The sound of a trumpet blast reverberates around the Heavens and the Earth. Did those remaining on Earth hear it? Did they wonder if it really happened, asking those around them if they heard it as well? In his vision, John tells us that after the first trumpet blast there was a terrible event, of hail, intermingled with fire and blood, being deposited on the earth. And as a consequence, the earth burned out of control, losing one-third of the trees and all the grass. What did those who survived think about what was happening? 

Such an event is totally beyond our experience today. We can only try, without really much success, to think it through. Did anyone make the connection between God’s judgment and their sin? Of course all those marked with God’s seal would have been helping them make that connection, but people’s hearts were probably hardened, as they preferred darkness to light. In Matthew 24:37-39, Jesus said, “When the Son of Man returns, it will be like it was in Noah’s day. In those days before the flood, the people were enjoying banquets and parties and weddings right up to the time Noah entered his boat. People didn’t realise what was going to happen until the flood came and swept them all away. That is the way it will be when the Son of Man comes.” Isn’t it strange how resilient people can be. They can be experiencing a catastrophe but still rationalise their way through it.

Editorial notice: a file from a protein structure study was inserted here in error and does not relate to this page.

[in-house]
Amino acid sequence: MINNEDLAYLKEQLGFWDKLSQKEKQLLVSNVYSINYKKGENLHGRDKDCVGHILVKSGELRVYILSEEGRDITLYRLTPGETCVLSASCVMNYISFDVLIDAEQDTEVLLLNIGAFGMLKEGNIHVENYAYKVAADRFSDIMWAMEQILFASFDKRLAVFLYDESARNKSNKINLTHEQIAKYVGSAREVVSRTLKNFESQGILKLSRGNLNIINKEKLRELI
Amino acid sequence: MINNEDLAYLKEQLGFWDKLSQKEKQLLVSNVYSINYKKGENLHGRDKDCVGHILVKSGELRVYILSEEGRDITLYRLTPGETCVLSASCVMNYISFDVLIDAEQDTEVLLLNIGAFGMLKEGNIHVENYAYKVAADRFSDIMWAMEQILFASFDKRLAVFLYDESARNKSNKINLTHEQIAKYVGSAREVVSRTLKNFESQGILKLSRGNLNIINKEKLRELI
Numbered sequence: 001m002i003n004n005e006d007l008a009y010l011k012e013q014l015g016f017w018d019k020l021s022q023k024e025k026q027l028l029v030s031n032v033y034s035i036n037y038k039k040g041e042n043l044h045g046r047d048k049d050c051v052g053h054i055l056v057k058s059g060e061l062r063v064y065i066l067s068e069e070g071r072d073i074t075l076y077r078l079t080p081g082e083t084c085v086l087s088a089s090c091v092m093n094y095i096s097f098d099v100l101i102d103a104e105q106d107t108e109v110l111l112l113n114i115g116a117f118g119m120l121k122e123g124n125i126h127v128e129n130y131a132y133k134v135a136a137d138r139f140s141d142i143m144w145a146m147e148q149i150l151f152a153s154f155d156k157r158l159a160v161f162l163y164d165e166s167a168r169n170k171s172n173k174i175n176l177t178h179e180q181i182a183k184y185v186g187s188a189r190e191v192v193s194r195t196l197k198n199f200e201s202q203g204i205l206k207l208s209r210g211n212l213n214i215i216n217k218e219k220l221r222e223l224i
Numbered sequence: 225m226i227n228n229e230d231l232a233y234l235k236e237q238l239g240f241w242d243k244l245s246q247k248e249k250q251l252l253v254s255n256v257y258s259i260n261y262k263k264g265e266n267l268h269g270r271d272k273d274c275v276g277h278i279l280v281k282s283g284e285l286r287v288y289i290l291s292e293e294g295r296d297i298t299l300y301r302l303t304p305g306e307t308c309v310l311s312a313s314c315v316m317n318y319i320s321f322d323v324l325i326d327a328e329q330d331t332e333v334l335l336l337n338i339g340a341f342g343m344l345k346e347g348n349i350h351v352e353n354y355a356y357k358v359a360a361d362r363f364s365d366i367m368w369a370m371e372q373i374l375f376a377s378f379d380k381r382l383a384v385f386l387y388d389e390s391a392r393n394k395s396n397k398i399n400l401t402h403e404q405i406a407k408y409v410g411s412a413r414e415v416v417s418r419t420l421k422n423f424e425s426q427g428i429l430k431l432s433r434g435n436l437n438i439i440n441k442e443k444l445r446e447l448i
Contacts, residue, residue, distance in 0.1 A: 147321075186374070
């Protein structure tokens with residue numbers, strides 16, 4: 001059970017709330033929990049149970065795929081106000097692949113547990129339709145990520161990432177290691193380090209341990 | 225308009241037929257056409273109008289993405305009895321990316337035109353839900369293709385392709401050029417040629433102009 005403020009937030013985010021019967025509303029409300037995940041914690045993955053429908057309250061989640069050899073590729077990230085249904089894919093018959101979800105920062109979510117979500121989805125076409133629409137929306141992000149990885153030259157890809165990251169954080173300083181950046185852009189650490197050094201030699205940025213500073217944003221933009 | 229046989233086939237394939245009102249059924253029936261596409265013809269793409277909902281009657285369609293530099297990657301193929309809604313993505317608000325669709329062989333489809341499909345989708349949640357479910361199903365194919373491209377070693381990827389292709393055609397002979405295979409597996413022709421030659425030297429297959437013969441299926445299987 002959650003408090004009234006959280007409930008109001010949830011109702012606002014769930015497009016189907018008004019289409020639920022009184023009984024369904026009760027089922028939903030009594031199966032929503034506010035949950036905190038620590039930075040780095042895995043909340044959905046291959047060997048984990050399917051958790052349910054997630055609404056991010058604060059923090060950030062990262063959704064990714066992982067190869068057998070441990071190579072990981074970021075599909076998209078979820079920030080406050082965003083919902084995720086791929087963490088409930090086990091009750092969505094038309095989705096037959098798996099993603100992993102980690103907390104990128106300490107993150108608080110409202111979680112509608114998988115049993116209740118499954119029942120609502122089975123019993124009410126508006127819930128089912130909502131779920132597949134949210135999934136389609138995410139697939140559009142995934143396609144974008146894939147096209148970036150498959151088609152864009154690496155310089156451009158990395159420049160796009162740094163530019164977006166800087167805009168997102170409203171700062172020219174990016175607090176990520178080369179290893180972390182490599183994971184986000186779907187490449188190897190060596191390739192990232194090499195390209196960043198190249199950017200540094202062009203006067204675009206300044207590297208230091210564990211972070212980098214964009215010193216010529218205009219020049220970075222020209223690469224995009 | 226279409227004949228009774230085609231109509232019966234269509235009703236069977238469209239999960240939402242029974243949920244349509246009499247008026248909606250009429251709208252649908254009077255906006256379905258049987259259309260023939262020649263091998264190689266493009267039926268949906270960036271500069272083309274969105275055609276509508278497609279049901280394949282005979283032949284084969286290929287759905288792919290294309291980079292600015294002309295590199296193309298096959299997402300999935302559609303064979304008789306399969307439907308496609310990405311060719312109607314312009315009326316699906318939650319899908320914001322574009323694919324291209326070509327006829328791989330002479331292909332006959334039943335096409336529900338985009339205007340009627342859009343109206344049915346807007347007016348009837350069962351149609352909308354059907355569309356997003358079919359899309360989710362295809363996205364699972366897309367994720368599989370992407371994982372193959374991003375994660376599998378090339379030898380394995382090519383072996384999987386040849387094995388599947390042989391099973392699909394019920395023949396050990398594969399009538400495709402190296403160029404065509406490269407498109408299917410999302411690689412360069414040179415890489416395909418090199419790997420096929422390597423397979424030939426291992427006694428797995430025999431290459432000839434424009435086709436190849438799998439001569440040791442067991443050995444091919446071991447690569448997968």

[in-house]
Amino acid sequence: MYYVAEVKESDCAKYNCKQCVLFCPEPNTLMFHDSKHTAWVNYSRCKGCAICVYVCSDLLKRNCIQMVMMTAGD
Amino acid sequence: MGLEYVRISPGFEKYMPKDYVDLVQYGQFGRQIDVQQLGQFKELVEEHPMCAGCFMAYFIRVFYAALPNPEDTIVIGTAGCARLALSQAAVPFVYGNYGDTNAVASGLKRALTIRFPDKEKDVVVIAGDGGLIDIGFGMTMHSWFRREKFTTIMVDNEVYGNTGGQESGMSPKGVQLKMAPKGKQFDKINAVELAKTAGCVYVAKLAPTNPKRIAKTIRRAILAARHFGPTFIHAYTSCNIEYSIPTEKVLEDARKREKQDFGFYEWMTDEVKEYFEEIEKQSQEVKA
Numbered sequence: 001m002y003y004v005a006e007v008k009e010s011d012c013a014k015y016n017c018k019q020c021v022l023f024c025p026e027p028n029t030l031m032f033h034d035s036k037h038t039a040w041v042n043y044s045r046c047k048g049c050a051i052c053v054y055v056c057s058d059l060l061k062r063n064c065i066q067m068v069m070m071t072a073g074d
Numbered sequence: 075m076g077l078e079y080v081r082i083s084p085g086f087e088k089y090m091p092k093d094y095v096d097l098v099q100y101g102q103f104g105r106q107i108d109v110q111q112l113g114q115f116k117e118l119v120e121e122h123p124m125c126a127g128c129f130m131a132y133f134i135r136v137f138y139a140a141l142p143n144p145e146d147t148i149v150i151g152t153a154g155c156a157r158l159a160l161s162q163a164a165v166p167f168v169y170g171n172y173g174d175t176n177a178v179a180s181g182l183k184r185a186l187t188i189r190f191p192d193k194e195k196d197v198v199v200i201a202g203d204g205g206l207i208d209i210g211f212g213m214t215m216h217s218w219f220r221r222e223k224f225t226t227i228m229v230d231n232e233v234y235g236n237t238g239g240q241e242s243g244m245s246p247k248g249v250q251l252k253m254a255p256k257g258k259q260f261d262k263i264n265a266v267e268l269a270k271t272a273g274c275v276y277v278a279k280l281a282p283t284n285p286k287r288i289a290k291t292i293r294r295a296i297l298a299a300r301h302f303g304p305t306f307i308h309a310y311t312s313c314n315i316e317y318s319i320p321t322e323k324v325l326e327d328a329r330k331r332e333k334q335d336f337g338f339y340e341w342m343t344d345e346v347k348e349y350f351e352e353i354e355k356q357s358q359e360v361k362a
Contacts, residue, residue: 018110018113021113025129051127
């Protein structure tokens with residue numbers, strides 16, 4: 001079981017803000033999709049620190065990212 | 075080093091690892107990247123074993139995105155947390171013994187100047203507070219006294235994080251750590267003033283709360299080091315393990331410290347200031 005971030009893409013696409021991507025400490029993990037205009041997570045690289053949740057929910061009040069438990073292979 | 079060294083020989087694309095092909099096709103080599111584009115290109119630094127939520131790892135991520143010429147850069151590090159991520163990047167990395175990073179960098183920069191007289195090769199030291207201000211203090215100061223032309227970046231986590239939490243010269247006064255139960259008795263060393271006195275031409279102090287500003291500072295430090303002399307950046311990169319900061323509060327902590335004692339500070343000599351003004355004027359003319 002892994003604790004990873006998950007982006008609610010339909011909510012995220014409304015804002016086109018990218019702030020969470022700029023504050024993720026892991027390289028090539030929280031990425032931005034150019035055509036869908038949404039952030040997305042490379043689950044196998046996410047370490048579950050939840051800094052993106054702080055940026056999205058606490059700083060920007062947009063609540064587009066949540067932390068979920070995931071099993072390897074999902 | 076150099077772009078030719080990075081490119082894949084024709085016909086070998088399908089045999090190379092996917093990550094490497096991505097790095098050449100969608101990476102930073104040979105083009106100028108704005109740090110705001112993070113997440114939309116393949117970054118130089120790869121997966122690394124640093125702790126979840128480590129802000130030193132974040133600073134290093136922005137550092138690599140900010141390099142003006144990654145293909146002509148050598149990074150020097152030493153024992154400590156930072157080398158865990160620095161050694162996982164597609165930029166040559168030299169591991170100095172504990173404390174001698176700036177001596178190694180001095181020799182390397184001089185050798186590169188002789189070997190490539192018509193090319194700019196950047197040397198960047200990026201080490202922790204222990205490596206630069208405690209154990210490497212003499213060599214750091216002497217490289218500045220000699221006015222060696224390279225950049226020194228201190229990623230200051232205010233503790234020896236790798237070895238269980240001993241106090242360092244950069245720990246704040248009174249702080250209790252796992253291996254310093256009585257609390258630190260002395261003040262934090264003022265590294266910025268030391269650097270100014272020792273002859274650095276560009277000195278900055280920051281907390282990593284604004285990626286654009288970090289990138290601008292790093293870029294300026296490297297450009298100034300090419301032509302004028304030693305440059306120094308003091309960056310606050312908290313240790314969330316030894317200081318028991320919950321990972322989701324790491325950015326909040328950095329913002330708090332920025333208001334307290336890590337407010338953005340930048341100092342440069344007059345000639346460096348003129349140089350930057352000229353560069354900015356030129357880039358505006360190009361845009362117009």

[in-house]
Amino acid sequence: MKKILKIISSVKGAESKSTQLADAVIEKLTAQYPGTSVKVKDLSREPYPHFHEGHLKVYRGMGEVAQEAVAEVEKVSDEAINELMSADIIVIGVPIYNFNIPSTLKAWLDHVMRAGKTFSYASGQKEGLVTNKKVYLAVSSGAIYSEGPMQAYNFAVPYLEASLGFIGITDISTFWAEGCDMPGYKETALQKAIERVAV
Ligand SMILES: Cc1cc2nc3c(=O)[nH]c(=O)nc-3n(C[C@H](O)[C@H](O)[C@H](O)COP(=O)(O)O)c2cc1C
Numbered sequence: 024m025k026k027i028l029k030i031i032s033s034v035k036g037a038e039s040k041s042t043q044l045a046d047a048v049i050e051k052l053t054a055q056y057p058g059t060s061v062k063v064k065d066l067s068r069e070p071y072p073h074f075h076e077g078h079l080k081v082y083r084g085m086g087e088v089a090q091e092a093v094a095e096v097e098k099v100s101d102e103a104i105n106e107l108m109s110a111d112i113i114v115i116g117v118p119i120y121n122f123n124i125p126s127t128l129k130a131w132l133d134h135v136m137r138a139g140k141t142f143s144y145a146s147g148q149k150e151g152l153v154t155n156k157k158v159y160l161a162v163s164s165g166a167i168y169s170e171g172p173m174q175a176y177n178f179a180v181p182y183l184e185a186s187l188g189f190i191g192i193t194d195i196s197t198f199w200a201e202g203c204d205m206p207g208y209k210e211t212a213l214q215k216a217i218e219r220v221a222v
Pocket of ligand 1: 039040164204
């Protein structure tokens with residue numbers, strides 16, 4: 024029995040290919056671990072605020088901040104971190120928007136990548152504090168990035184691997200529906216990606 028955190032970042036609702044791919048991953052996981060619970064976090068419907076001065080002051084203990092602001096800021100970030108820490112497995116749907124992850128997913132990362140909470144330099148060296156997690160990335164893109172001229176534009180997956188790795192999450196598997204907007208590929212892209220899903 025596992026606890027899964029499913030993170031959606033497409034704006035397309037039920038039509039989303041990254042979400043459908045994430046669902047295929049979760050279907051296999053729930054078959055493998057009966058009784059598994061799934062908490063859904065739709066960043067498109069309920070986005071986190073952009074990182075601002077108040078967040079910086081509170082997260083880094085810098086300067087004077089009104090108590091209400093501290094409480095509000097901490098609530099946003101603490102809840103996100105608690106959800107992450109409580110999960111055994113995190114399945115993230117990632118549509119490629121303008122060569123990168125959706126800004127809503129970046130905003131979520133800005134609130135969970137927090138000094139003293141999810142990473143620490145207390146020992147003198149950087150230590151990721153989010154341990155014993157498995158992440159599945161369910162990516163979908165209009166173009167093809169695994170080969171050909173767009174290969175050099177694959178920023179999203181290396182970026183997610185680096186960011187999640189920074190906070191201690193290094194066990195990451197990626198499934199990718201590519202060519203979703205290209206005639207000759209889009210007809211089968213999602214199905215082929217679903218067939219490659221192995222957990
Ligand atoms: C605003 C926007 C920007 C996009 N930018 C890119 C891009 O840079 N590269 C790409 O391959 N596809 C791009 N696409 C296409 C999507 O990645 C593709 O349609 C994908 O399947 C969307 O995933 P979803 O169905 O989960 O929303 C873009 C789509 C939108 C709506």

And then there was a second trumpet blast. We don’t know if the two trumpet blasts were separated by just a short time, say a day or two, or whether there was a significant gap of a generation or more between them. Had the memories of the first blast been lost over the years? And was God now allowing another judgement to take place to grab their attention? The second blast preceded another catastrophe – a mountain of fire plunged into the sea. It caused a disaster as the water turned blood red, presumably with whatever the fire was caused by, and the result was too toxic for a third of all the fish and other sea creatures to survive. And the resulting shock must have caused something like a tsunami, that destroyed any ships in its way. A third of our maritime vessels were lost. The impact of the mountain of fire must have caused human casualties as well.